Lubo 2023 Movie Review
A nomadic family, in a neutral nation. Such a slippery concept, that of neutrality during the Second World War on the part of Switzerland, often addressed and problematized in other fields, but which in the history of a street artist who came in 1939, just on the eve of the outbreak of the conflict forcibly recruited, like many others, to defend the borders from a possible aggression by Nazi Germany, becomes even more ambiguous. Is called Lubois of Jenisch ethnicity and is told in the cinema by Giorgio Dirittiin an adaptation of the book The sower Of Mario Cavatore. Very freely, as they say in these cases, because the breath given to this character manages to tell it over fifteen years, going through the war and then leading him to experience the aftermath too, the moment of rebirth and awakening, when however the weight of its drama makes life still dominated by the past.
The drama is quickly told and told by the Emilian director, after some sunny initial sequences that take us together with his family, all musicians and singers, capable of monopolizing with their caravan the attention of the Swiss towns in which they travel and perform. The postcard arrives calling him back to the army, and he discovers shortly afterwards that his wife died trying to prevent the police from taking away their three young children, torn from their family of origin as they were street children deemed at risk by the authorities. The solution? Have them raised by the state, with a re-education program at the confederal level managed by special colleges.
An event that Lubo will never overcome, despite starting a public life increasingly distant from internal torment, a dissimulation, to remain in the form of resistance of other minorities precisely in those years. In the carousel of emotions and shades of this fresco of life, and as such full of conflicts and regrets, in the central part the film takes on the contours of an unusual revenge film, in which Lubo seduces some women in the cities in which in the meantime he presents himself under a false Austrian identity, after having made a gesture that will mark his giving in to the less noble instincts of human nature. He seems to want to have children with his lovers, outside of marriage, in a mad rush to rebalance his identity, in an attempt to give a future to the Jenischs, and in some way give new life to his childrenwhich he will always try to find again.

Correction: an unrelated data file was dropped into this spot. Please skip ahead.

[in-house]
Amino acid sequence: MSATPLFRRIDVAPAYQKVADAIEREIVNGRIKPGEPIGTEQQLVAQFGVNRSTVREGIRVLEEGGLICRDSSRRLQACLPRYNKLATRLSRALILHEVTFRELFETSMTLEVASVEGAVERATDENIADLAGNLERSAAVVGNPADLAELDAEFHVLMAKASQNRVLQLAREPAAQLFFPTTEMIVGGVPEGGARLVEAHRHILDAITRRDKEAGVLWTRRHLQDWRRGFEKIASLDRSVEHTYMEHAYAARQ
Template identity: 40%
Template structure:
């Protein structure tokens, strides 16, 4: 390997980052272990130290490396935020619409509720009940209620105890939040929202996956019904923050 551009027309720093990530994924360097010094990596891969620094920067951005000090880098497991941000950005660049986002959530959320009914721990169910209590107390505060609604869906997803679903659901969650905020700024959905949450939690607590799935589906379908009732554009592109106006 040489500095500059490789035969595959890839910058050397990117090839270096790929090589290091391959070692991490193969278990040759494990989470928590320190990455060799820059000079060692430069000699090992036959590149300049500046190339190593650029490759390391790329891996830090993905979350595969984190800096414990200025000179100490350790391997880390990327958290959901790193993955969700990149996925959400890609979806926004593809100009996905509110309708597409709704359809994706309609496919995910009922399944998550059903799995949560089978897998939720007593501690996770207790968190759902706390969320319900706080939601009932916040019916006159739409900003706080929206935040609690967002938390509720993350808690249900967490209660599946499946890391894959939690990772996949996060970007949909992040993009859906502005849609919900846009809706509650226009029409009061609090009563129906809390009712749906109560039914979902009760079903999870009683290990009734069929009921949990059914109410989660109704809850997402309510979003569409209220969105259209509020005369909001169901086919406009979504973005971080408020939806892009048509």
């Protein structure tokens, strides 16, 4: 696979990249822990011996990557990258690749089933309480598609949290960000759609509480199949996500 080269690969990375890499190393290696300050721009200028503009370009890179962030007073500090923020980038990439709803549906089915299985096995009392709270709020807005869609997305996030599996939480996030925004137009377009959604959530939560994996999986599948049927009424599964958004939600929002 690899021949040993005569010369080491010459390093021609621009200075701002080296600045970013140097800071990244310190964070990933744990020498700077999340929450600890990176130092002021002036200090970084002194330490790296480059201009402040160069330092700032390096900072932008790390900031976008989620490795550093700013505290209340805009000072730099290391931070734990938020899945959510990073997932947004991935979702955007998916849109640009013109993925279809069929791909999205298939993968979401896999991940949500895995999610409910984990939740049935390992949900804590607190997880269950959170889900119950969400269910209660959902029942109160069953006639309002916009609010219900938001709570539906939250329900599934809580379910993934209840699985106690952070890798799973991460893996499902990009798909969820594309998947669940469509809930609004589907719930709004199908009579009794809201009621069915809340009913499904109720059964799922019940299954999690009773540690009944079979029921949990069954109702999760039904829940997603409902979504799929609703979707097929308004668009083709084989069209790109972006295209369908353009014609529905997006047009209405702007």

Lubo is a nomadic character in every fiber of his soul and bodynot only culturally, forced into movement and energy, consumed by passion, with its own rigorous moral code, as well as an idea of justice, which responds to every ambiguity with a punitive response towards himself. Franz Rogowski, now at home in our cinema, is the right actor to make the most of these contradictions without the need for too many words. A story that talks about identity, in years in which nationalism has exploded the potential of pure evil to its maximum, in a reality like Switzerland, traditionally welcoming and multi-identitarian, even more so during the conflict, a place of stubborn meeting and trade even of enemies who were fighting elsewhere.
Diritti gives Lubo, and with him to the persecuted minorities, a future and new horizons, despite loneliness looming, and the past always being an impossible companion to overcome.